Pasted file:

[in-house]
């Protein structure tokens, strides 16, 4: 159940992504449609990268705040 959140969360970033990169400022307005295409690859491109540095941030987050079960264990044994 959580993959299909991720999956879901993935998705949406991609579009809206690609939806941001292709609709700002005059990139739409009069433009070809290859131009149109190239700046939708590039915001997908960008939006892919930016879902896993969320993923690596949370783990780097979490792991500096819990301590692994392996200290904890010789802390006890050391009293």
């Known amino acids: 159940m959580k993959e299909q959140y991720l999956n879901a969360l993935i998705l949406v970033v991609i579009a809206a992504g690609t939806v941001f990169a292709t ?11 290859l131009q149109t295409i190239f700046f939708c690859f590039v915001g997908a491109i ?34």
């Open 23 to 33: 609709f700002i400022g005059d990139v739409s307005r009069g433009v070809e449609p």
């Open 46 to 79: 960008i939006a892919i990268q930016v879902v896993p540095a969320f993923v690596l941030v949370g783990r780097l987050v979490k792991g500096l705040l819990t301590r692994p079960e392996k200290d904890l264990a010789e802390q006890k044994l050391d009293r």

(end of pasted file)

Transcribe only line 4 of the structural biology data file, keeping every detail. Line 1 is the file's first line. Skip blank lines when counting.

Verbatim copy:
């Open 23 to 33: 609709f700002i400022g005059d990139v739409s307005r009069g433009v070809e449609p």